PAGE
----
In England, for centuries, men had to plead their own causes. If one who was ignorant or tongue-tied! sued or was sued, he must nevertheless speak for himself. His adversary had a legal interest in the disadvantage due to his failings in these respects.2

It was found that this was not seldom the occasion of great injustice. Gradually the law was changed, and it became first the general rule and afterwards the universal rule, that parties to a lawsuit, whether it were civil or criminal, had the right to appear by counsel. Regulations were also adopted to secure to those who desired to enter the bar adequate opportunities for learning the law, and to require of them proof of good character, to be established by the favorable opinion of those already admitted to the profession.3

From the days of the earliest settlements in the United States, it has been generally recognized here that the institution of the bar made for good government. It promoted justice, and the lawyer was therefore given a certain status in the official organization of the judicial department. Every American lawyer is a minister of justice. He is an officer of court as fully as the Judge on the bench, or the sheriff who preserves order in the proceedings, or the clerk who records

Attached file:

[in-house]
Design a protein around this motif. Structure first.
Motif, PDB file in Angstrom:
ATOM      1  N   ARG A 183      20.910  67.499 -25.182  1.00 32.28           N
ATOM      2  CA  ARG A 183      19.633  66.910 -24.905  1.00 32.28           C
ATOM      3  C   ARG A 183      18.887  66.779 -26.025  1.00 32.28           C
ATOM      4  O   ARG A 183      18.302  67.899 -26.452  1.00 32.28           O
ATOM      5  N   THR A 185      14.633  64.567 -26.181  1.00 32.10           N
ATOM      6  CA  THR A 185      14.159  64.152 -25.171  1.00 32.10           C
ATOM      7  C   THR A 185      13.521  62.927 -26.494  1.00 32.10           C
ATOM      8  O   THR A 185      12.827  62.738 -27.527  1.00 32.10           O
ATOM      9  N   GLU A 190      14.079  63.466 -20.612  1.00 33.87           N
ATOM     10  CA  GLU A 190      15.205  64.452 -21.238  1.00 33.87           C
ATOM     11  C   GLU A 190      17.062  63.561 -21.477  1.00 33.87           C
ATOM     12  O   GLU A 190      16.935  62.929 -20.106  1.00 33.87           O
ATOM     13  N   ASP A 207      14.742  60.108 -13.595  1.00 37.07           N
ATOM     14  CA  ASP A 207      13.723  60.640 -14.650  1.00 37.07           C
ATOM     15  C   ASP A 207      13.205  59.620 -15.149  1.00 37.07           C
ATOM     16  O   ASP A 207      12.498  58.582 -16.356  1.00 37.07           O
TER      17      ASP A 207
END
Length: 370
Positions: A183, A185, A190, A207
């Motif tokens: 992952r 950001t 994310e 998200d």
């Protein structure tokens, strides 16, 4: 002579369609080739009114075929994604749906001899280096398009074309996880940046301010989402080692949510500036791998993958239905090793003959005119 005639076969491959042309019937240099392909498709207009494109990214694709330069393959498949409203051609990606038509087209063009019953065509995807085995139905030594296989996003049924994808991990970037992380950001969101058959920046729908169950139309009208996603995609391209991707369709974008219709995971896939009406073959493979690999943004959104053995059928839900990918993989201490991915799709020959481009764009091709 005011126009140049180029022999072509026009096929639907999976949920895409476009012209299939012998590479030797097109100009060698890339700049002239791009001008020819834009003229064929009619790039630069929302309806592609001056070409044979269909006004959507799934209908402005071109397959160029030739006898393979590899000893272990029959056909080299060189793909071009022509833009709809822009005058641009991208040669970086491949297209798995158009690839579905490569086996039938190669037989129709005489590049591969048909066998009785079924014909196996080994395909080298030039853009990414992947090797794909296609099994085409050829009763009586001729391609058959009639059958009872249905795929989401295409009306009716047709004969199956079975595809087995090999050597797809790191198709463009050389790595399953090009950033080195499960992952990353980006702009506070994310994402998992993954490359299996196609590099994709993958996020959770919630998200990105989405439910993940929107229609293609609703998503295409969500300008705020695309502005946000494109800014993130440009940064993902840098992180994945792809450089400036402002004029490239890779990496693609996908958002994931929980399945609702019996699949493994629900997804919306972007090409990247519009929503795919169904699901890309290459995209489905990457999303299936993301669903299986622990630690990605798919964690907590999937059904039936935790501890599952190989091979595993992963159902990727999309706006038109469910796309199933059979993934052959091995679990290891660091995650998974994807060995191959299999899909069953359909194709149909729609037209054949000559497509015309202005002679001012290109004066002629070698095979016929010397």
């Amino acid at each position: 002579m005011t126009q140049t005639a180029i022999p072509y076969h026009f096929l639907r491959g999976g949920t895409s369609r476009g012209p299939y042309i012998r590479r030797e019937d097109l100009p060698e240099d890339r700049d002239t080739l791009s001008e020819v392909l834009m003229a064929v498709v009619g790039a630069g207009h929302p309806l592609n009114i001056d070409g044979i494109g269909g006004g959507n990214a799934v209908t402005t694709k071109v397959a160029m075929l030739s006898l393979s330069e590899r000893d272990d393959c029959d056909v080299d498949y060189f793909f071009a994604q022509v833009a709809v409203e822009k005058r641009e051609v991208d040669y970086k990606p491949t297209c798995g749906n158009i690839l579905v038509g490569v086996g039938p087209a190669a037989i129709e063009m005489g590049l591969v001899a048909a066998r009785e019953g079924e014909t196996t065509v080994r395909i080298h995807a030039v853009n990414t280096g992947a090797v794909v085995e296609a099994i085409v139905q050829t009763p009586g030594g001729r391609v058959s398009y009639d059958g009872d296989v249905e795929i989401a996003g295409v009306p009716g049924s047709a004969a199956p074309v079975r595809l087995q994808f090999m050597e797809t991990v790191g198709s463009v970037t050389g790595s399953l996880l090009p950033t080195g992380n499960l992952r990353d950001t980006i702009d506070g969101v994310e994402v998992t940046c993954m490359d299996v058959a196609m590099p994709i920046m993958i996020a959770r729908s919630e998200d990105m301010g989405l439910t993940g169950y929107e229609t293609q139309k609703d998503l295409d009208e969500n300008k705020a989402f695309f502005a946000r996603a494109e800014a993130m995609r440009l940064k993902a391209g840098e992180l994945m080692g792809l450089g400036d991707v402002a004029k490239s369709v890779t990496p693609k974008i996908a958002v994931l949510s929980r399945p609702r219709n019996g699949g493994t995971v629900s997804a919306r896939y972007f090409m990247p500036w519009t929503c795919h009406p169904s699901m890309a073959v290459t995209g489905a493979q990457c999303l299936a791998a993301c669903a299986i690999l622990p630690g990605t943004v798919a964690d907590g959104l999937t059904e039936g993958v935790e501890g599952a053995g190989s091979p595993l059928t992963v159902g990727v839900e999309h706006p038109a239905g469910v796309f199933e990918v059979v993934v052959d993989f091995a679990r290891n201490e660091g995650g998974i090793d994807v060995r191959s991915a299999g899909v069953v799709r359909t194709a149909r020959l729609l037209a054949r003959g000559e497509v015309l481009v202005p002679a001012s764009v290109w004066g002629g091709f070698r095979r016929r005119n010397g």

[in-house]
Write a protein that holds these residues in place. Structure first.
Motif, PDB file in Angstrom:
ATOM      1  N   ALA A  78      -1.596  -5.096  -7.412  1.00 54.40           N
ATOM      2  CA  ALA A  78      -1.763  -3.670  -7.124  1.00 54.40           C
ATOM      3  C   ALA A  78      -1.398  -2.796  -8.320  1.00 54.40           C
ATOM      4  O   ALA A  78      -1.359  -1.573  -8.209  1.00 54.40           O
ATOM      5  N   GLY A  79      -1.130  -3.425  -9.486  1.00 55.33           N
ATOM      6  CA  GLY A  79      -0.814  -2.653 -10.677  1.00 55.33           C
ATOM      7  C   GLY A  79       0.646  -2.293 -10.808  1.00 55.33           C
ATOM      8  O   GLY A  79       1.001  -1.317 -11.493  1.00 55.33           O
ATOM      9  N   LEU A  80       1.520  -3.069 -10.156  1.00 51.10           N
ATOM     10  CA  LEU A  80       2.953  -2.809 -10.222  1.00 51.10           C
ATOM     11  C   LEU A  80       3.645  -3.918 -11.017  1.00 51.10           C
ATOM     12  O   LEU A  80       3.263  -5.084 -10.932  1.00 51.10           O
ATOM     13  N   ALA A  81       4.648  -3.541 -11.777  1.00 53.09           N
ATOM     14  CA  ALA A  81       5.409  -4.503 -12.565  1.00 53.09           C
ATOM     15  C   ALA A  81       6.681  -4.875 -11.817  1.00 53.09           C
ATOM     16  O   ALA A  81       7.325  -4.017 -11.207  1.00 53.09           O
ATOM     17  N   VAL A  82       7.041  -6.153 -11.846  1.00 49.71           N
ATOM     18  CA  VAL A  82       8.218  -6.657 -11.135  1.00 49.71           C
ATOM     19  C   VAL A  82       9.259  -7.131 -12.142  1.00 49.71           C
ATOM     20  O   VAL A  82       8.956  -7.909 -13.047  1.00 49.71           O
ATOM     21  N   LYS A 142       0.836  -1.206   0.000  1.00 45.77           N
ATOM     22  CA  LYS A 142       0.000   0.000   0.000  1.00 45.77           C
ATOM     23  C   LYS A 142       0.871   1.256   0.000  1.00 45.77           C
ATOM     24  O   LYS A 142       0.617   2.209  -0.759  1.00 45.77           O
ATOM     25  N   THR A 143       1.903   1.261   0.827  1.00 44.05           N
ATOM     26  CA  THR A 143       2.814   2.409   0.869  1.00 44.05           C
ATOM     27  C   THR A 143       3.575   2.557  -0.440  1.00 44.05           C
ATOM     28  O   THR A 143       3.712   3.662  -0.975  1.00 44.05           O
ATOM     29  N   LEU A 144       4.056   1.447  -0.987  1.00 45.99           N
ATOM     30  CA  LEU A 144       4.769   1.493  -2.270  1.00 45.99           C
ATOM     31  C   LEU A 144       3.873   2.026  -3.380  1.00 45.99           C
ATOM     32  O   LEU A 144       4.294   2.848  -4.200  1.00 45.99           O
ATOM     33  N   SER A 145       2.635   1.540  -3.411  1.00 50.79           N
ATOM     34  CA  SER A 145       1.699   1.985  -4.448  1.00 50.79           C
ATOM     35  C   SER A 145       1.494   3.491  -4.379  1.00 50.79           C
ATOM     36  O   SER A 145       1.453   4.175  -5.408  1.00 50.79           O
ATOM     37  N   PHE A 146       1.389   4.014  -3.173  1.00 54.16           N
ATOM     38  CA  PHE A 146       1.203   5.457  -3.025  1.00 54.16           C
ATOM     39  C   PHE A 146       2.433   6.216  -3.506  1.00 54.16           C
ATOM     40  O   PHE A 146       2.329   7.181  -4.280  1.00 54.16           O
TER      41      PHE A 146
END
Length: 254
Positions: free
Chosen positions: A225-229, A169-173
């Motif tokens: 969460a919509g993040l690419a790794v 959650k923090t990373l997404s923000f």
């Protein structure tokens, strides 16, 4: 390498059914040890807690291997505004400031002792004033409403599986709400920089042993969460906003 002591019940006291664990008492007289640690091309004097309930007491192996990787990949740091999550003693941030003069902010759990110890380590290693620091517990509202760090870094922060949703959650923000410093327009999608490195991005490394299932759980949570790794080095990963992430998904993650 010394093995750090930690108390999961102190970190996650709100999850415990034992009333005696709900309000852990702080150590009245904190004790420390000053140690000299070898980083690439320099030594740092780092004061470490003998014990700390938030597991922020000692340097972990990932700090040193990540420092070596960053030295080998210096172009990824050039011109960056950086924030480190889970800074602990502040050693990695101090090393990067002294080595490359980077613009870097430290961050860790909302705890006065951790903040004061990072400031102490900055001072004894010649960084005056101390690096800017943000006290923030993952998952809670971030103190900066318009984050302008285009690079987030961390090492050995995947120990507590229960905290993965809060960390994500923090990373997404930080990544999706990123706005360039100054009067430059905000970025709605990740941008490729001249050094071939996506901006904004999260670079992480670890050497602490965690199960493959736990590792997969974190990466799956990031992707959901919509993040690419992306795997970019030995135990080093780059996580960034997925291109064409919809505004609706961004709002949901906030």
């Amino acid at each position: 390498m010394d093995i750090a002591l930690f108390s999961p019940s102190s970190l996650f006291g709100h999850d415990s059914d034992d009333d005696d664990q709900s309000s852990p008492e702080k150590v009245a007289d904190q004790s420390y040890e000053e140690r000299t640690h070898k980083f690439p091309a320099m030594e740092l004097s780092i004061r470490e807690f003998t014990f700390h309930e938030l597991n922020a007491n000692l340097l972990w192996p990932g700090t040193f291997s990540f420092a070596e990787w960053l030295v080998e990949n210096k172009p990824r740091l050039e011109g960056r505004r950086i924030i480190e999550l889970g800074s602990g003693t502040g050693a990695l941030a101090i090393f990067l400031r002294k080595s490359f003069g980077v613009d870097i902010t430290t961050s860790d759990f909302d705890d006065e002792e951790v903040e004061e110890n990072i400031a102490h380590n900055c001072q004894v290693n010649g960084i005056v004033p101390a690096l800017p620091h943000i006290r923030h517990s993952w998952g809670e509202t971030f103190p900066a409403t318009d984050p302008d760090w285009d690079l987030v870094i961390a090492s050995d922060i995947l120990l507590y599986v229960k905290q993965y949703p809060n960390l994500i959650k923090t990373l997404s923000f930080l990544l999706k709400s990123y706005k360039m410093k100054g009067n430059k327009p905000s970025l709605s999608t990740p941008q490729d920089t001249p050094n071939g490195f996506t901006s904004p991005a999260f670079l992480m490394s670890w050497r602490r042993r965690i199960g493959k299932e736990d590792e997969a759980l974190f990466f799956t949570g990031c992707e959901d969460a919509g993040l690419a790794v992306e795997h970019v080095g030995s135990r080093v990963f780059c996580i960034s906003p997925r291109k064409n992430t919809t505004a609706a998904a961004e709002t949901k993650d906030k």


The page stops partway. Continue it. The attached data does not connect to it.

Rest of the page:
1 In re Co-Operative Law Co., 198 New York Law Reports, p. 479; 92 Northeastern Reporter, p. 15.

2 Maitland and Montague, edited by Colby, A Sketch of English Legal History, New York and London, 1915, p. 94.

3 O'Brien's Petition, 79 Connecticut Law Reports, p. 46.